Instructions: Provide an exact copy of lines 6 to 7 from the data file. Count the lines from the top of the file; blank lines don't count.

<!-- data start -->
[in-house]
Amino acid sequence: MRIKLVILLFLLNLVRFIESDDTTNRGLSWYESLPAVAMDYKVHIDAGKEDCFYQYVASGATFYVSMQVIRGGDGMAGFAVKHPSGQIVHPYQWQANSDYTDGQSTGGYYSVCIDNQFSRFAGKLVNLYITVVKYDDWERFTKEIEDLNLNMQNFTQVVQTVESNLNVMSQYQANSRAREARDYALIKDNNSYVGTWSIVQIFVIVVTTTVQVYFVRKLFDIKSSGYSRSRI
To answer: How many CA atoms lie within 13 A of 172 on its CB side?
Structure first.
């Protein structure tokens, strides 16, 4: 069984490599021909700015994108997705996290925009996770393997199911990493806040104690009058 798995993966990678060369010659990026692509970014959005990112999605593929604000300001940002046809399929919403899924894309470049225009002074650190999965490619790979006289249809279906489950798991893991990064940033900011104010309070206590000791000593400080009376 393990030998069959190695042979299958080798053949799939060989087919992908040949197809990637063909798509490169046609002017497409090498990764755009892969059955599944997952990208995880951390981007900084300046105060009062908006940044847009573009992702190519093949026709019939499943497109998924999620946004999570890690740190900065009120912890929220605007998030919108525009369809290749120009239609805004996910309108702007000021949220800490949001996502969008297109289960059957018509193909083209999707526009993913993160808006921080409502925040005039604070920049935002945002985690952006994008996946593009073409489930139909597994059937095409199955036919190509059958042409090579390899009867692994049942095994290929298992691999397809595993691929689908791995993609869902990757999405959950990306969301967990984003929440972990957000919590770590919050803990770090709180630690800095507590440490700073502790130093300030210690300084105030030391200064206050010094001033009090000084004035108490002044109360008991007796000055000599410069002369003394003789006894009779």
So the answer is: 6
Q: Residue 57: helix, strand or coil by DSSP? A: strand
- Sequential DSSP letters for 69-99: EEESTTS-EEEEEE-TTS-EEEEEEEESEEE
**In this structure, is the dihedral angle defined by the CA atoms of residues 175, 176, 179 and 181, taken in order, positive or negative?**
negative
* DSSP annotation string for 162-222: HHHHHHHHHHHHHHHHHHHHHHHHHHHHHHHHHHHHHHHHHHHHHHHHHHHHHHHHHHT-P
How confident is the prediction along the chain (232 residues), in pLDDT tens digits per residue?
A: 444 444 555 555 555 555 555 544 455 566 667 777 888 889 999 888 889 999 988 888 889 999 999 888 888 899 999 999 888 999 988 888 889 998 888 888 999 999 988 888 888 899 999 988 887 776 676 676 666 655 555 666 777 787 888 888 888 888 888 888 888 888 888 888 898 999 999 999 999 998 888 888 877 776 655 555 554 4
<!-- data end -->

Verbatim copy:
So the answer is: 6
Q: Residue 57: helix, strand or coil by DSSP? A: strand